The United States Department of Health and Human Services and the states have already begun to implement the health reform law, which will finally provide health insurance coverage to low-income childless adults and individuals with preexisting conditions. Ultimately, health reform will insure an additional 32 million people. In Illinois, we do not need to wait to cover all uninsured children. Thanks to Illinois' All Kids program, we have the opportunity to provide kids with the health coverage and care they need right now. Illinois has led the way in health coverage for children, and was the first state in the country to offer comprehensive, affordable coverage to every uninsured child.
Kids who have health insurance are more likely to receive the preventive care, treatment for chronic conditions and vaccines that they need. Children with health insurance are generally healthier throughout their childhood and adolescence. Good health in childhood has been linked to a more productive and lucrative adulthood. 2008 Census data revealed the lowest uninsured rates for children in over 20 years, largely because public programs like All Kids serve as a vital safety net for children whose families lose or cannot afford health coverage.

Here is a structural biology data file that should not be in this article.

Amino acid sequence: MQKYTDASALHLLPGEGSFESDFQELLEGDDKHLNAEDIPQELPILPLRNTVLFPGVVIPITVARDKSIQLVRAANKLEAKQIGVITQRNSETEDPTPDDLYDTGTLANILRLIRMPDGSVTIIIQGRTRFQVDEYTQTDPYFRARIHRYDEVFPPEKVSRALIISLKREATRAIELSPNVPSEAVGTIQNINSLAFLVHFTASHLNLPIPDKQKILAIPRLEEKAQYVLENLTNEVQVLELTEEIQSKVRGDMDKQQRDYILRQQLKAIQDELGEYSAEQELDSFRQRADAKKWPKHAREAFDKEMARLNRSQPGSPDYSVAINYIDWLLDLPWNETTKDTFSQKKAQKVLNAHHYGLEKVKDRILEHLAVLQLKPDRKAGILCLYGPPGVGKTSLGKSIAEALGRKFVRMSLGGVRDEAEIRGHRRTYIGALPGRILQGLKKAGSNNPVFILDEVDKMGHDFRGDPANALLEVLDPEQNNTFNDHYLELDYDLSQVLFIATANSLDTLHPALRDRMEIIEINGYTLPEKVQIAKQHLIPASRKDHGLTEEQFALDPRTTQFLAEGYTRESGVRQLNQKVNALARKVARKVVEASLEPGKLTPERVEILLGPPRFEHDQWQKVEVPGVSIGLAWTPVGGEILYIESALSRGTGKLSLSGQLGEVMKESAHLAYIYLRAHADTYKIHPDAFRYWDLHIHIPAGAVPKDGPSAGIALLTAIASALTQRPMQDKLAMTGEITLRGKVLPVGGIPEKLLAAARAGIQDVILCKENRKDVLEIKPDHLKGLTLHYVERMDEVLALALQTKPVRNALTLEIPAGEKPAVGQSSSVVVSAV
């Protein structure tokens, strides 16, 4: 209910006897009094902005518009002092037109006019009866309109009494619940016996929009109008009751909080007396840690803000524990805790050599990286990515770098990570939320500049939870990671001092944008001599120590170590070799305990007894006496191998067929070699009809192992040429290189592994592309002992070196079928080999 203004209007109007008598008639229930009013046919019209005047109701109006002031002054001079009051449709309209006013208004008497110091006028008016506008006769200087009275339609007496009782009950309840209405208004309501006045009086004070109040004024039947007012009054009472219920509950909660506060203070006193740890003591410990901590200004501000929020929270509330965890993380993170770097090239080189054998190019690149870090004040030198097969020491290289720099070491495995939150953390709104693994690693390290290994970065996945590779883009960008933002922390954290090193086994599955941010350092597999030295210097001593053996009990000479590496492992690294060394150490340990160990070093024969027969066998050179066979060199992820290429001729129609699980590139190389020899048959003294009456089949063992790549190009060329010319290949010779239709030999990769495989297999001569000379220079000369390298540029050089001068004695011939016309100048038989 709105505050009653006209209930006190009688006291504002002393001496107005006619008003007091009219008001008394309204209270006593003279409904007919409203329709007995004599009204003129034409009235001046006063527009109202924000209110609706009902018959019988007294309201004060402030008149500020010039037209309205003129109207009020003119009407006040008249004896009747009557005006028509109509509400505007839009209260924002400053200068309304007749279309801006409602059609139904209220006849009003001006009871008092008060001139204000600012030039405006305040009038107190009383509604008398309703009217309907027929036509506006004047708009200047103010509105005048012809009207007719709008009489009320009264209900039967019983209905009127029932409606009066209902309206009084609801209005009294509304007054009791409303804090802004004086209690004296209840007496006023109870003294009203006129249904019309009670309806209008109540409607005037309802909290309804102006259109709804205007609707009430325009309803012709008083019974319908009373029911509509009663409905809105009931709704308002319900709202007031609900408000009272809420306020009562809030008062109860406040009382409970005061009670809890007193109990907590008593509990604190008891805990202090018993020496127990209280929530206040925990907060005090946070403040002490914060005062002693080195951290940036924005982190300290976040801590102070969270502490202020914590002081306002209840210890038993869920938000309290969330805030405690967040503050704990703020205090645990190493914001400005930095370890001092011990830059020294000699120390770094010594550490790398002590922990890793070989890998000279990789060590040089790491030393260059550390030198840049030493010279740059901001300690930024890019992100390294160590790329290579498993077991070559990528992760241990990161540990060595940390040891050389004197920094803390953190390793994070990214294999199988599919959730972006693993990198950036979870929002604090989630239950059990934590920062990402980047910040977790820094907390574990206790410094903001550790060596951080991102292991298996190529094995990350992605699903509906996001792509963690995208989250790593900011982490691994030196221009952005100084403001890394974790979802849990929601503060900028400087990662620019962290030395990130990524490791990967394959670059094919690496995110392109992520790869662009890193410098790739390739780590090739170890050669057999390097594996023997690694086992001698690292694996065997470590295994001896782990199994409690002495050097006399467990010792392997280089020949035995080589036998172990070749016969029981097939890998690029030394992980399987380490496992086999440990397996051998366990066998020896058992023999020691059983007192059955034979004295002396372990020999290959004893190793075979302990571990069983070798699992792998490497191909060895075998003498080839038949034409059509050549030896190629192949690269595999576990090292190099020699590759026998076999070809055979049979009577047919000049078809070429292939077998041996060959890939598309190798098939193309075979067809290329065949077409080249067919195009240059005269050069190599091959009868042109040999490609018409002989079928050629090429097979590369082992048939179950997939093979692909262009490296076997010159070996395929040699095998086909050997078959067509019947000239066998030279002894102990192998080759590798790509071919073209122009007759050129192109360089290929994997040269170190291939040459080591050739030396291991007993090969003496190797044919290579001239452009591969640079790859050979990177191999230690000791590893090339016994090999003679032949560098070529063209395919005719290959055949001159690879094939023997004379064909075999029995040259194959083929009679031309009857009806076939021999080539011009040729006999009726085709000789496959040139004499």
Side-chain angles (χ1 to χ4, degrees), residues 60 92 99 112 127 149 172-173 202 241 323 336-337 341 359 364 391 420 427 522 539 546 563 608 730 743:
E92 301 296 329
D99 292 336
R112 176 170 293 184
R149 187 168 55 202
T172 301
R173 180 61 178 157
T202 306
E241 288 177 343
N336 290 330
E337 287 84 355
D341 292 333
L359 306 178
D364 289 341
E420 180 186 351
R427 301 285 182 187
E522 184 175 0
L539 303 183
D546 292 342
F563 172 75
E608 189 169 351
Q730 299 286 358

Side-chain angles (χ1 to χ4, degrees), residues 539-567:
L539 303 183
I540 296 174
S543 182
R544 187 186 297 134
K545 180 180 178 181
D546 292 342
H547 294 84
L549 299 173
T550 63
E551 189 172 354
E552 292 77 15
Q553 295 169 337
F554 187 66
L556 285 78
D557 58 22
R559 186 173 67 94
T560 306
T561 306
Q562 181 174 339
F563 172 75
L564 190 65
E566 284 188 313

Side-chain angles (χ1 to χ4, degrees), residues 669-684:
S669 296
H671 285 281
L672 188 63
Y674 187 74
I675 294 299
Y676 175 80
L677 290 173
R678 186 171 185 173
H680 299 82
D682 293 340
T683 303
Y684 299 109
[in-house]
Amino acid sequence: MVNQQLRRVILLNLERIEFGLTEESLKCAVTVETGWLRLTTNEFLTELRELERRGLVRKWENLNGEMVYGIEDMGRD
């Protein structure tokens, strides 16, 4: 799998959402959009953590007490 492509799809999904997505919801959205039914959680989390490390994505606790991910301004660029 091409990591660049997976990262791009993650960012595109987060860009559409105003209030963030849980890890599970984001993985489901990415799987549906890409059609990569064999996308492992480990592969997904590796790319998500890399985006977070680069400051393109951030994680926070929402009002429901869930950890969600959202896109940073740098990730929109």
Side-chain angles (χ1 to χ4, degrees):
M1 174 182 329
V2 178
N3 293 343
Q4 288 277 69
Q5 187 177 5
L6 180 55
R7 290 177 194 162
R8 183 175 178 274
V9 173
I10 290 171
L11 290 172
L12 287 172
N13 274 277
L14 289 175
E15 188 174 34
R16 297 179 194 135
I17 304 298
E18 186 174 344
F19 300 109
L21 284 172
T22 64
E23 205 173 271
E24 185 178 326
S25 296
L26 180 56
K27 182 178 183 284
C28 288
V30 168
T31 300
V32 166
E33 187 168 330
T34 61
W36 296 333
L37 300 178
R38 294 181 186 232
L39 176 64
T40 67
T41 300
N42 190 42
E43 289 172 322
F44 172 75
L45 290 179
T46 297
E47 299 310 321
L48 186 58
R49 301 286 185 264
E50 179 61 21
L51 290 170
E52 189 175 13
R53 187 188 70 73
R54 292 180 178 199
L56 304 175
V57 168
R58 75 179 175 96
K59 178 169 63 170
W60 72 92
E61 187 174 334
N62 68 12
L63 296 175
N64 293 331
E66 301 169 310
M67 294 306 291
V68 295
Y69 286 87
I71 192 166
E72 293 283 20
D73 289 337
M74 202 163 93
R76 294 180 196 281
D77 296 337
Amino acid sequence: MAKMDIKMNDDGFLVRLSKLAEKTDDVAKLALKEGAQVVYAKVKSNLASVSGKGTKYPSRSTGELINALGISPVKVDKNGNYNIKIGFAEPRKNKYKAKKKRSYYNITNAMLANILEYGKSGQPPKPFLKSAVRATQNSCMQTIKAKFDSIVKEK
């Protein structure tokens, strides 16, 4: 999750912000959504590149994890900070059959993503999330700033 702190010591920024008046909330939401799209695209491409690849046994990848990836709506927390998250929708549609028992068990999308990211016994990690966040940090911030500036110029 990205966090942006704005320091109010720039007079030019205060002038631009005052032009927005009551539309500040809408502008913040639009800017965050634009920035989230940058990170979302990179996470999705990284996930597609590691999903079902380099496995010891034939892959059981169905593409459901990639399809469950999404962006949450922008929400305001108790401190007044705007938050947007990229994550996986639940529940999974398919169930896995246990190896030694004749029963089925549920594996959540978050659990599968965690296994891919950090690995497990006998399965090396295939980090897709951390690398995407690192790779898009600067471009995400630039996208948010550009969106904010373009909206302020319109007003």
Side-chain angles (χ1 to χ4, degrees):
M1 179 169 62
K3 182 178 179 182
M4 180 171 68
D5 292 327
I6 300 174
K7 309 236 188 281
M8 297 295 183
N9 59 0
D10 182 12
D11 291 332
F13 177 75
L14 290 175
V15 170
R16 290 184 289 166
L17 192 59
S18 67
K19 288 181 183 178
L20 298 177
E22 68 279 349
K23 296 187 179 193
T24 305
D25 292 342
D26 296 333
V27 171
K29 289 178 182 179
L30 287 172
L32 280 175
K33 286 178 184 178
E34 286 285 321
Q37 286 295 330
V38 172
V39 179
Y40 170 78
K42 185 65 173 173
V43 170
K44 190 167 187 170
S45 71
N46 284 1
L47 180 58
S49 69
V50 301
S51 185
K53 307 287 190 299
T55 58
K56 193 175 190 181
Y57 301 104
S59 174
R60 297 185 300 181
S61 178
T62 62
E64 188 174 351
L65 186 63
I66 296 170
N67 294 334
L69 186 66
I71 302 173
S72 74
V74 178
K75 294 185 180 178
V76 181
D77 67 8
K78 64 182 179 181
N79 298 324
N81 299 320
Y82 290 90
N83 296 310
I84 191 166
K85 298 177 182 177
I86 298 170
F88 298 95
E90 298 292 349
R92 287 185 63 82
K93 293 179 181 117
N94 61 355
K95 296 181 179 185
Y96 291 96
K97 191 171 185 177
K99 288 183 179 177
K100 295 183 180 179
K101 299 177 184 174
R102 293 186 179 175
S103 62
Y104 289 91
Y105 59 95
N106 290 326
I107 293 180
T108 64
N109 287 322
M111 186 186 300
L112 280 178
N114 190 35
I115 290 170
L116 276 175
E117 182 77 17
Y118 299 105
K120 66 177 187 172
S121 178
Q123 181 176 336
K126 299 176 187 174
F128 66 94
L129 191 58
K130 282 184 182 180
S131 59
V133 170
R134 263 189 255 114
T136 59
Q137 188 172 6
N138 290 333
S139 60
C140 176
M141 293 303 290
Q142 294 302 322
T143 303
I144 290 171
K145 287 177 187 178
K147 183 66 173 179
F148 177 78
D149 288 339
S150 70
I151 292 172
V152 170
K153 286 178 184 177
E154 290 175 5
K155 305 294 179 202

While Illinois has made immense progress in the effort to cover uninsured children since the inception of All Kids, there are still approximately 235,400 uninsured Illinois children. Because of the All Kids program, however, this is a problem we can solve: we must find and enroll these uninsured kids. One of the best ways to find and enroll uninsured kids is to host a one-day enrollment event in your community. An enrollment event provides families with answers to their questions about the All Kids program as well as the resources and support they need to enroll their kids. The Shriver Center has assembled a toolkit with information, sample materials, and support and advice for hosting a successful enrollment event that you can check out here. Now is the time to enroll Illinois kids in health coverage in provide them with the access to health care they deserve.
This post was coauthored by Carrie Gilbert.